Notice that the primary KPIs for the two instances above are not about click-through rate or open rate.
When the real focus of the program is purely branding, the metrics seem simpler, but with a deeper definition:
1. Response rate (both open and click). Brand marketers are increasingly looking at the total reach of their base and less at campaign-over-campaign results. They want to count how many eyeballs were exposed to the brand each month, the resulting interactions and incremental Web exposures.
2. Site visits and site journeys. Site traffic statistics driven from e-mail are becoming increasingly valuable to see what content and interests are driven from each campaign/program and business division. Depth of site exploration… List growth. See how email traffic performs against searches made, types of products bought so you can define your personas against email marketing.
All brands place increased value on the size and relative growth of the database since it represents a potential share of market and voice. It is essentially the lifeline to reach a mass of customers in an efficient manner. This, combined with qualitative feedback, is quite useful in measuring brand attitude, awareness and level of involvement with the brand.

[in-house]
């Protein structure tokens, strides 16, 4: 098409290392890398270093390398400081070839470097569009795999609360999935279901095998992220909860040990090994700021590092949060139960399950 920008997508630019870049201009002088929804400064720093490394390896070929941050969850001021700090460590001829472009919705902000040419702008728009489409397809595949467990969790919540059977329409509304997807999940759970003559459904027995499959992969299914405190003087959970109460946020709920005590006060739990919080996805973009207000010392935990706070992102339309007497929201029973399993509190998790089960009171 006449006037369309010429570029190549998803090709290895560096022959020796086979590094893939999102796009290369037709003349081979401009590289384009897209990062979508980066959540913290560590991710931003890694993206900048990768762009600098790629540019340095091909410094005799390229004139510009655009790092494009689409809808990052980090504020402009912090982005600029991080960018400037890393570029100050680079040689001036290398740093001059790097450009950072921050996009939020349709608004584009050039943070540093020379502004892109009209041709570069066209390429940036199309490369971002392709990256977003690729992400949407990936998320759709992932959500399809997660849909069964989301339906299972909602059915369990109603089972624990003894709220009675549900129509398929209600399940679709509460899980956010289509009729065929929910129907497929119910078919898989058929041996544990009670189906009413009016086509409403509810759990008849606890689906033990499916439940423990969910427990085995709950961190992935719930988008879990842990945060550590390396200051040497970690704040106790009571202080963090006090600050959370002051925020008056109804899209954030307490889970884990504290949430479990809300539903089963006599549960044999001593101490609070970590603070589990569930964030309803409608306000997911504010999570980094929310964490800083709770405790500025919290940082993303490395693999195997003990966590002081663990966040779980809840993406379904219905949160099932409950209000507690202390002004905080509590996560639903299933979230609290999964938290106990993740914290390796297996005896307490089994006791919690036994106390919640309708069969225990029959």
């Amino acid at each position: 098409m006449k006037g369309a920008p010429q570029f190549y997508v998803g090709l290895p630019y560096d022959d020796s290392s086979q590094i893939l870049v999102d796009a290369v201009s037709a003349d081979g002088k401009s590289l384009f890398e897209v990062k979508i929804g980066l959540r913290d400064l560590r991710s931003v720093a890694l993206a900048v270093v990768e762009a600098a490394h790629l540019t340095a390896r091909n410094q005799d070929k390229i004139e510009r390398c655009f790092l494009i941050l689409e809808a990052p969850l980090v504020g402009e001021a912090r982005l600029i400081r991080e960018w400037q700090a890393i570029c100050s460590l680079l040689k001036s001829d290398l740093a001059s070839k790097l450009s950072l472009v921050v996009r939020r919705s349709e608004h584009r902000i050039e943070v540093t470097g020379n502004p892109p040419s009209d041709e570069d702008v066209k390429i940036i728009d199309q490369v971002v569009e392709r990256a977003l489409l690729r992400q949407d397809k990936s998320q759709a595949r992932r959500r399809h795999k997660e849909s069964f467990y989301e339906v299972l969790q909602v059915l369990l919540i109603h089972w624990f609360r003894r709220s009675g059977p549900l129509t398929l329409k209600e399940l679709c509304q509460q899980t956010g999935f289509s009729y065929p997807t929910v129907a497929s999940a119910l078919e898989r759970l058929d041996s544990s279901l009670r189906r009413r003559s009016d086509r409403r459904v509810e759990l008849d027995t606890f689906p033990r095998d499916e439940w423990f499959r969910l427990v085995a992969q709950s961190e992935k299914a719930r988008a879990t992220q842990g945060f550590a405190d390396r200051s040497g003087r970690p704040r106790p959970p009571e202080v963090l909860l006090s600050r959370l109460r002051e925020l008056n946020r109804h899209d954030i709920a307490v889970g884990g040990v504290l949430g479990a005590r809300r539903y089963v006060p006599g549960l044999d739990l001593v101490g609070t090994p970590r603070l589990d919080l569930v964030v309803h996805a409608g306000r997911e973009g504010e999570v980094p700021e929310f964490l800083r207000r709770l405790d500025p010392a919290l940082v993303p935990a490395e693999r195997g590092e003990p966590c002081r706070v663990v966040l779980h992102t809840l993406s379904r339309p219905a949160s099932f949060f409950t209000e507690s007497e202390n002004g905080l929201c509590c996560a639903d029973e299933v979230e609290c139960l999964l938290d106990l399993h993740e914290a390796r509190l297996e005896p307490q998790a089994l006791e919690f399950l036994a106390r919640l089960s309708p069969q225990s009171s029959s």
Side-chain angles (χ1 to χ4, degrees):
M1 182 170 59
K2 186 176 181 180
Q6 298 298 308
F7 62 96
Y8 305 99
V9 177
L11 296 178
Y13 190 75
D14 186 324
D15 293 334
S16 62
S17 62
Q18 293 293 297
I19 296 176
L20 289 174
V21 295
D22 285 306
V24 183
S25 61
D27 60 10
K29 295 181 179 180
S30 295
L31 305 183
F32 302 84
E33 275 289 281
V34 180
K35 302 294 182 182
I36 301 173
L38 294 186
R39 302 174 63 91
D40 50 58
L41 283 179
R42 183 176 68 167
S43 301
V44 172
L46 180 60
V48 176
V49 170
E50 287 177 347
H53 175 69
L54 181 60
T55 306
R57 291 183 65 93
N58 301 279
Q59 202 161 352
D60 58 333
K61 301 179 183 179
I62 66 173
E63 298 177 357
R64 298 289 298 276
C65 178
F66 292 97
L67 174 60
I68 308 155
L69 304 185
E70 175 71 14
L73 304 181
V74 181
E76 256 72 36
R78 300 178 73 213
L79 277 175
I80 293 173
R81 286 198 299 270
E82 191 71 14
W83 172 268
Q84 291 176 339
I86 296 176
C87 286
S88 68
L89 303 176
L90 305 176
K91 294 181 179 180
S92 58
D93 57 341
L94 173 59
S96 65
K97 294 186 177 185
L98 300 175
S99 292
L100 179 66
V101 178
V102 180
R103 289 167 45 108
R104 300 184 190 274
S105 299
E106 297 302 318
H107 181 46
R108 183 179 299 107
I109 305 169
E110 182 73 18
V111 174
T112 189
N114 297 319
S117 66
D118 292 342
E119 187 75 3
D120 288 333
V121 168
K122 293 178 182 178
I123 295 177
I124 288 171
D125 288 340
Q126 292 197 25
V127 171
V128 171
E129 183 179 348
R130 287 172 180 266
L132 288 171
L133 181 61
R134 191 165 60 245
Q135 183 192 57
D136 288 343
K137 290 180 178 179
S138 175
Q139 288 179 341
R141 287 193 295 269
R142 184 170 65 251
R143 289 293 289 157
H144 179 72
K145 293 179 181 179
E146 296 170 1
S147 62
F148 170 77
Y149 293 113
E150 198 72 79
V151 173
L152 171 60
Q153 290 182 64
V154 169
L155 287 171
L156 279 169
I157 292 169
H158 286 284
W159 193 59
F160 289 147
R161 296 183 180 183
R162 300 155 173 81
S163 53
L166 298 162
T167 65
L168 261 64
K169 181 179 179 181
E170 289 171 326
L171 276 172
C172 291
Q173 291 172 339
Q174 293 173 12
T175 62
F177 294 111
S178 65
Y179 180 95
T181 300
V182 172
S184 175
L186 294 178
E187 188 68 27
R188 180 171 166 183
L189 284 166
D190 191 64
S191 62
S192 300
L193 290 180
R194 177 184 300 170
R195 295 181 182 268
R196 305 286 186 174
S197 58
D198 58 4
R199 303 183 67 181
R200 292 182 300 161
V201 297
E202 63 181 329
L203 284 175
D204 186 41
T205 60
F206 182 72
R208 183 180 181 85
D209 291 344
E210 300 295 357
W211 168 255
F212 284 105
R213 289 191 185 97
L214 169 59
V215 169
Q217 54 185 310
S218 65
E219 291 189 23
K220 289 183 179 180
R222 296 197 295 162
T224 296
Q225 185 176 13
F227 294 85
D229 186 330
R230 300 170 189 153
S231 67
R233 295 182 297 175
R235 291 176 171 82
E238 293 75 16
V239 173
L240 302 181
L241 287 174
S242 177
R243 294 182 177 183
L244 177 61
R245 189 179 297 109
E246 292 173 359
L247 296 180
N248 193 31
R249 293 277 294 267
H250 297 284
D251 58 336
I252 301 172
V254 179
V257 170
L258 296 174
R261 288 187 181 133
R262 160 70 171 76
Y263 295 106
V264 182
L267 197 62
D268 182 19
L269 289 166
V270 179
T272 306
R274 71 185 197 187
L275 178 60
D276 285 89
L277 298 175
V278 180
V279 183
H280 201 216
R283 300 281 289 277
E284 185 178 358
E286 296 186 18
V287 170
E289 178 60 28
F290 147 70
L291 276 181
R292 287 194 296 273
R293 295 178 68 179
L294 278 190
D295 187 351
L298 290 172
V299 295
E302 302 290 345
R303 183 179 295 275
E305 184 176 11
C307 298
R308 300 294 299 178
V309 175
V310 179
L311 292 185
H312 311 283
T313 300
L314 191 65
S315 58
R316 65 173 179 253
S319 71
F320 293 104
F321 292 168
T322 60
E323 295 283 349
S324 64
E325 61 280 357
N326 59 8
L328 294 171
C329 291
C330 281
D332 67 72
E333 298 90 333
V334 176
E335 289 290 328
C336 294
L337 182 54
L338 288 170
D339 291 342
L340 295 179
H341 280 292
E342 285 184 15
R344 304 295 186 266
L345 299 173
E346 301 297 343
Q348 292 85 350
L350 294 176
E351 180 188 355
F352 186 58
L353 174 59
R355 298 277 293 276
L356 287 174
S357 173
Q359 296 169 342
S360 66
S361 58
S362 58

So also for example in this context thinking about how to encourage higher subscription rates to an email newsletter via personalised call to actions based on site activity or cookie id to move more people from your bottom left to top right (great customers).
Here are some standard KPIs but obviously every company’s KPIs will be different and will need to evolve over time as well.
Campaign over campaign impressions/opens (total/unique/% rate)
Campaign over campaign clicks (aggregate/unique /% rate)
Click to open (% who open the message and click through)
Churn rate (% unsubscribe/opt out/undeliverable)
Send to a friend (viral rate)
ISP domain response (open/clicks)
Commerce-Driven Program KPIs:
Total sales (campaign, month, quarter, segment)
Profit/margin per e-mail sent / source
Sales per e-mail sent
Cost per e-mail sent